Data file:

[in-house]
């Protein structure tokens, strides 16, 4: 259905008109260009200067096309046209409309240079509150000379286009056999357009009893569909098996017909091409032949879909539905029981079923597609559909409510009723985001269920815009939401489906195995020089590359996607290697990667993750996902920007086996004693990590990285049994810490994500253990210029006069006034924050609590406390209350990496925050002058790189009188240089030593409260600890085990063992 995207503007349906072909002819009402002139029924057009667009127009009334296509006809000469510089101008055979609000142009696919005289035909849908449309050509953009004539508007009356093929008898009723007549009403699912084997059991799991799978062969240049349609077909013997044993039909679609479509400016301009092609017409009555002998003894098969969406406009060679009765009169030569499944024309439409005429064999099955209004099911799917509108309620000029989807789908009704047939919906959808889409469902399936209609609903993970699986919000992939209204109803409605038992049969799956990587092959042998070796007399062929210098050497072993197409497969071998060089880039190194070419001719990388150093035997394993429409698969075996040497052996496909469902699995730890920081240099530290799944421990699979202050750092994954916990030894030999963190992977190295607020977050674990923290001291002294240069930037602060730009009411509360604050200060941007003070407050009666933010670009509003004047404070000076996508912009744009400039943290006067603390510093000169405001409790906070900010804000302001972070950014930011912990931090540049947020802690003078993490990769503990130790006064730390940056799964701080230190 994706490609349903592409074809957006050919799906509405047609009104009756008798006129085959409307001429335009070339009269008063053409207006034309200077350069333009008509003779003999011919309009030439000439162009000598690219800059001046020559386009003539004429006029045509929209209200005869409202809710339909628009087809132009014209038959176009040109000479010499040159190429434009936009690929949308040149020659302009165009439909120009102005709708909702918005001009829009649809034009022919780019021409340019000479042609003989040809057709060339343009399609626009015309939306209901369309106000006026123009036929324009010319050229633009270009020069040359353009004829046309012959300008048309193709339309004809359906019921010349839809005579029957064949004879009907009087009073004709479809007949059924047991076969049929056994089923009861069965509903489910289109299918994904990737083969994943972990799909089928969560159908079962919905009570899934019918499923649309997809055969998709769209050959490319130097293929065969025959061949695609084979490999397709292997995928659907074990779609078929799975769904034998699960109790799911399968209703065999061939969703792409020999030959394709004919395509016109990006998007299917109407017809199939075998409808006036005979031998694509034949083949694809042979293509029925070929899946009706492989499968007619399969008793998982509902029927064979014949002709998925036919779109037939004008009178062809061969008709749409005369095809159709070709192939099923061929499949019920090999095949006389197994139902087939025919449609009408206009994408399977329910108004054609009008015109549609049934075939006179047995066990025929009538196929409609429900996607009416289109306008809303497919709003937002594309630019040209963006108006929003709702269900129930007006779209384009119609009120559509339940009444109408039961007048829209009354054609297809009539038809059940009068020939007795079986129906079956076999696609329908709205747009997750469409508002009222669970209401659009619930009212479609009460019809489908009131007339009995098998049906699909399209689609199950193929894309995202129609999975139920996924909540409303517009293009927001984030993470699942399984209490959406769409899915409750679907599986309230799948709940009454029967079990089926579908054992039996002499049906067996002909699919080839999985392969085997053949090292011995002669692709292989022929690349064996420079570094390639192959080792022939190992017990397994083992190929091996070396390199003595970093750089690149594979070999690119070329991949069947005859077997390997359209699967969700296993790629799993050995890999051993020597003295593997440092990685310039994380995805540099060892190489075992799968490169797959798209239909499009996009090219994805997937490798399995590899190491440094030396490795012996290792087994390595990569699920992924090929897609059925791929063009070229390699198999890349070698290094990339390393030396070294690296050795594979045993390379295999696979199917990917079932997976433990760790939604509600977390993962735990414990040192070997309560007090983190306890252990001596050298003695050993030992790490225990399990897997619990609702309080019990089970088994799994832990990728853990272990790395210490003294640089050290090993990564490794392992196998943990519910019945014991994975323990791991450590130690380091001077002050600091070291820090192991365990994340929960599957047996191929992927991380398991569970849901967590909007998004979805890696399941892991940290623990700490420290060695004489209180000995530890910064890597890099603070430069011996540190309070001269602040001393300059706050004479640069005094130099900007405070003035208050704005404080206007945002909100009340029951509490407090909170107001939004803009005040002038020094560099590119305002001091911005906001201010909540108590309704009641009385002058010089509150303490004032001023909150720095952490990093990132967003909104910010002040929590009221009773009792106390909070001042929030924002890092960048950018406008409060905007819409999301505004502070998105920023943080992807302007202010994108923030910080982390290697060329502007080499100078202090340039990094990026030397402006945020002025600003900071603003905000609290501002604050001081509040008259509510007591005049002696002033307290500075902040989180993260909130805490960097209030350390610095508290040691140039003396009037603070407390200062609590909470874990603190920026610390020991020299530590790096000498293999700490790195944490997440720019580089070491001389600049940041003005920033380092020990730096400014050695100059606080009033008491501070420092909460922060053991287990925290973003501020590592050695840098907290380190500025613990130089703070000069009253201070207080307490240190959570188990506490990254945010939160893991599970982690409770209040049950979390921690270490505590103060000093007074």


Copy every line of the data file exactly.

[in-house]
């Protein structure tokens, strides 16, 4: 259905008109260009200067096309046209409309240079509150000379286009056999357009009893569909098996017909091409032949879909539905029981079923597609559909409510009723985001269920815009939401489906195995020089590359996607290697990667993750996902920007086996004693990590990285049994810490994500253990210029006069006034924050609590406390209350990496925050002058790189009188240089030593409260600890085990063992 995207503007349906072909002819009402002139029924057009667009127009009334296509006809000469510089101008055979609000142009696919005289035909849908449309050509953009004539508007009356093929008898009723007549009403699912084997059991799991799978062969240049349609077909013997044993039909679609479509400016301009092609017409009555002998003894098969969406406009060679009765009169030569499944024309439409005429064999099955209004099911799917509108309620000029989807789908009704047939919906959808889409469902399936209609609903993970699986919000992939209204109803409605038992049969799956990587092959042998070796007399062929210098050497072993197409497969071998060089880039190194070419001719990388150093035997394993429409698969075996040497052996496909469902699995730890920081240099530290799944421990699979202050750092994954916990030894030999963190992977190295607020977050674990923290001291002294240069930037602060730009009411509360604050200060941007003070407050009666933010670009509003004047404070000076996508912009744009400039943290006067603390510093000169405001409790906070900010804000302001972070950014930011912990931090540049947020802690003078993490990769503990130790006064730390940056799964701080230190 994706490609349903592409074809957006050919799906509405047609009104009756008798006129085959409307001429335009070339009269008063053409207006034309200077350069333009008509003779003999011919309009030439000439162009000598690219800059001046020559386009003539004429006029045509929209209200005869409202809710339909628009087809132009014209038959176009040109000479010499040159190429434009936009690929949308040149020659302009165009439909120009102005709708909702918005001009829009649809034009022919780019021409340019000479042609003989040809057709060339343009399609626009015309939306209901369309106000006026123009036929324009010319050229633009270009020069040359353009004829046309012959300008048309193709339309004809359906019921010349839809005579029957064949004879009907009087009073004709479809007949059924047991076969049929056994089923009861069965509903489910289109299918994904990737083969994943972990799909089928969560159908079962919905009570899934019918499923649309997809055969998709769209050959490319130097293929065969025959061949695609084979490999397709292997995928659907074990779609078929799975769904034998699960109790799911399968209703065999061939969703792409020999030959394709004919395509016109990006998007299917109407017809199939075998409808006036005979031998694509034949083949694809042979293509029925070929899946009706492989499968007619399969008793998982509902029927064979014949002709998925036919779109037939004008009178062809061969008709749409005369095809159709070709192939099923061929499949019920090999095949006389197994139902087939025919449609009408206009994408399977329910108004054609009008015109549609049934075939006179047995066990025929009538196929409609429900996607009416289109306008809303497919709003937002594309630019040209963006108006929003709702269900129930007006779209384009119609009120559509339940009444109408039961007048829209009354054609297809009539038809059940009068020939007795079986129906079956076999696609329908709205747009997750469409508002009222669970209401659009619930009212479609009460019809489908009131007339009995098998049906699909399209689609199950193929894309995202129609999975139920996924909540409303517009293009927001984030993470699942399984209490959406769409899915409750679907599986309230799948709940009454029967079990089926579908054992039996002499049906067996002909699919080839999985392969085997053949090292011995002669692709292989022929690349064996420079570094390639192959080792022939190992017990397994083992190929091996070396390199003595970093750089690149594979070999690119070329991949069947005859077997390997359209699967969700296993790629799993050995890999051993020597003295593997440092990685310039994380995805540099060892190489075992799968490169797959798209239909499009996009090219994805997937490798399995590899190491440094030396490795012996290792087994390595990569699920992924090929897609059925791929063009070229390699198999890349070698290094990339390393030396070294690296050795594979045993390379295999696979199917990917079932997976433990760790939604509600977390993962735990414990040192070997309560007090983190306890252990001596050298003695050993030992790490225990399990897997619990609702309080019990089970088994799994832990990728853990272990790395210490003294640089050290090993990564490794392992196998943990519910019945014991994975323990791991450590130690380091001077002050600091070291820090192991365990994340929960599957047996191929992927991380398991569970849901967590909007998004979805890696399941892991940290623990700490420290060695004489209180000995530890910064890597890099603070430069011996540190309070001269602040001393300059706050004479640069005094130099900007405070003035208050704005404080206007945002909100009340029951509490407090909170107001939004803009005040002038020094560099590119305002001091911005906001201010909540108590309704009641009385002058010089509150303490004032001023909150720095952490990093990132967003909104910010002040929590009221009773009792106390909070001042929030924002890092960048950018406008409060905007819409999301505004502070998105920023943080992807302007202010994108923030910080982390290697060329502007080499100078202090340039990094990026030397402006945020002025600003900071603003905000609290501002604050001081509040008259509510007591005049002696002033307290500075902040989180993260909130805490960097209030350390610095508290040691140039003396009037603070407390200062609590909470874990603190920026610390020991020299530590790096000498293999700490790195944490997440720019580089070491001389600049940041003005920033380092020990730096400014050695100059606080009033008491501070420092909460922060053991287990925290973003501020590592050695840098907290380190500025613990130089703070000069009253201070207080307490240190959570188990506490990254945010939160893991599970982690409770209040049950979390921690270490505590103060000093007074």